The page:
The Life and Contributions of Roger Sperry: Exploring the Discovery of Left and Right Hemisphere

If you have ever heard of right and left brain hemispheres, then you have Roger Sperry to thank for it. This Nobel Prize-winning neuropsychologist is one of the most significant figures in the field of psychology. Sperry made significant breakthroughs in the research and understanding of the brain’s functionality that led to a better comprehension of human behavior and cognitive abilities.

In this blog post, we will delve into who Roger Sperry was, his life and achievements, his contribution to psychology, and his famous Split-Brain Experiment.

Who was Roger Sperry?

Roger Sperry was born on August 20, 1913, in Hartford, Connecticut. He was an American neuropsychologist, neurobiologist, and Nobel laureate who was known for his groundbreaking work in split-brain research. Sperry graduated from Oberlin College with a bachelor’s degree in English in 1935 before enrolling at the University of Chicago for his graduate studies.

He obtained his doctorate degree from the University of Chicago in 1941. Sperry then served at the California Institute of Technology (Caltech) from 1953 to 1984, where he conducted his most renowned research and experiments, earning him numerous accolades and distinctions.

What is Roger Sperry best known for?

Sperry is famous for his work on the split-brain hemisphere, the concept of lateralization of brain function, and neuropsychology. Through his studies, he demonstrated that the two hemispheres of the brain process information differently and can be separated surgically, which led to his Nobel Prize recognition.

Sperry’s researches showed that each hemisphere of the brain has specialized functions. The left hemisphere is responsible for logical, analytical, and verbal tasks, while the right hemisphere is more visual, orientation, and spatial tasks. He also contributed to our understanding of the brain’s plasticity, how it adapts and changes to different stimuli, and the limitations of brain function when injured.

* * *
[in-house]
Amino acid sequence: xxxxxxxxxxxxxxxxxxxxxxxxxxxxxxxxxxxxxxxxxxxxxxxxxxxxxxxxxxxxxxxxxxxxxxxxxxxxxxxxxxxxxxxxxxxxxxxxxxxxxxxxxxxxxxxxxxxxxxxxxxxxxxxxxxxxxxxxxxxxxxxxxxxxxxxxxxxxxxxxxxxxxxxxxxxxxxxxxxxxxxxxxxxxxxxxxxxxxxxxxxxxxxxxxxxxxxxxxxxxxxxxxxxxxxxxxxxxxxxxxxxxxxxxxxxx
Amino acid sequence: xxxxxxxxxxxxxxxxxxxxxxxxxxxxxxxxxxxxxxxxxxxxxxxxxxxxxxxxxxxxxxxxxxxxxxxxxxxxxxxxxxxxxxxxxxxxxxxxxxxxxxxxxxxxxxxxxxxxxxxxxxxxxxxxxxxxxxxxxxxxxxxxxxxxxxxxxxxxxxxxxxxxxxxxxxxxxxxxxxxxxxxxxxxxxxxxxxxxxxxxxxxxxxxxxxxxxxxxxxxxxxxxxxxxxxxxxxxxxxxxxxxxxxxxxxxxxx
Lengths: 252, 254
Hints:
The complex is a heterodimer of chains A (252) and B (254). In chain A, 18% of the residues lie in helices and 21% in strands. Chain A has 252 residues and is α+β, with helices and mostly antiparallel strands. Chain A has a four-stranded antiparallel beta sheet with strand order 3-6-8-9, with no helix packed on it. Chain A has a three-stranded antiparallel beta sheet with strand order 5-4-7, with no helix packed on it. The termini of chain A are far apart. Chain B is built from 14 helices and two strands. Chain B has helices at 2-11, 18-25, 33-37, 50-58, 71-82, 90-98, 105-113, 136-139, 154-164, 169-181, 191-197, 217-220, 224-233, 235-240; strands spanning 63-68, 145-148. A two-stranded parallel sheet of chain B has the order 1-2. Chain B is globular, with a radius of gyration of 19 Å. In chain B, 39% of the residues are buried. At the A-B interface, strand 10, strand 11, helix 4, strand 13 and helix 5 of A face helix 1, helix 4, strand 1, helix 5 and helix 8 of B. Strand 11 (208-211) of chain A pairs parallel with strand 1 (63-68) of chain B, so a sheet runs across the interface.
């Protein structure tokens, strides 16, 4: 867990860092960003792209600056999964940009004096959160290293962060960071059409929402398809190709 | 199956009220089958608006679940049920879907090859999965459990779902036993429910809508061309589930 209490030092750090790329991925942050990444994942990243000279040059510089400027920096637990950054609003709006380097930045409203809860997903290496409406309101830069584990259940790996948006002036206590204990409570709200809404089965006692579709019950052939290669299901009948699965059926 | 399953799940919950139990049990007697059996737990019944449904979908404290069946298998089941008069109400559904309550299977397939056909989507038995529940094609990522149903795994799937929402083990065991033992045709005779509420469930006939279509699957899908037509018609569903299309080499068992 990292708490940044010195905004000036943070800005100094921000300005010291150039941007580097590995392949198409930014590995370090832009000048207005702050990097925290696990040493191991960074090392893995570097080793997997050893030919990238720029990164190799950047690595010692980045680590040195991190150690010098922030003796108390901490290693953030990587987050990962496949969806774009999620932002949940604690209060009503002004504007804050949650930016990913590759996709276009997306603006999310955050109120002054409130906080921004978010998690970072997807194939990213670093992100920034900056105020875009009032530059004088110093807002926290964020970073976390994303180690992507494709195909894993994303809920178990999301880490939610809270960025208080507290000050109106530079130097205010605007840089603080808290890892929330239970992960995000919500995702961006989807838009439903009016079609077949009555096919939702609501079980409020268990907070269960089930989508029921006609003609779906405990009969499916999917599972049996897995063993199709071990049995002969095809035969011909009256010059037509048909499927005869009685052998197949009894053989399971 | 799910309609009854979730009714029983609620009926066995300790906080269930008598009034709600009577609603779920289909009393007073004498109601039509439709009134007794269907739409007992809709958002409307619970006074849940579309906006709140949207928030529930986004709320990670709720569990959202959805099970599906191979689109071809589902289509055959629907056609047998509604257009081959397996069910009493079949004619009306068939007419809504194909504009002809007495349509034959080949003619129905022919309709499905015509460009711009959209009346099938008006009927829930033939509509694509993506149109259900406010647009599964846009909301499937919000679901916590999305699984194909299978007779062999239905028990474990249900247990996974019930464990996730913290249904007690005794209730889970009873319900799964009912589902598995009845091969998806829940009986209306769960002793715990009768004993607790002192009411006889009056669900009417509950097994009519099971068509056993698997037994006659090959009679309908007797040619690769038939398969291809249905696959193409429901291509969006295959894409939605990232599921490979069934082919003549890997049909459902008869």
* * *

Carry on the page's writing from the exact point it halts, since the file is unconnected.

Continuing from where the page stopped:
Where did Roger Sperry work?

After Sperry completed his studies, he became an instructor at Harvard Medical School before joining the faculty of the University of Chicago. In 1953, he took up a position at the California Institute of Technology, where he worked until his retirement in 1984.

During his time at Caltech, Sperry worked closely with Michael Gazzaniga, who would later carry on his research into split-brain patients. Their work together would go on to make major contributions to our understanding of the mind and the brain.

Michael Gazzaniga Contribution to Psychology

Michael Gazzaniga, a student of Sperry, carried on his research into split-brain patients and made significant contributions to the understanding of the mind and brain. Gazzaniga’s research on the left brain interpreter, which is responsible for making sense of events in our lives, expanded and built on Sperry’s work.

He showed that the left hemisphere tries to make sense of information, even if it’s false, incorrect, or doesn’t make any sense. This research has influenced our understanding of cognitive dissonances and how humans make judgments and decisions.

What did Roger Sperry discover?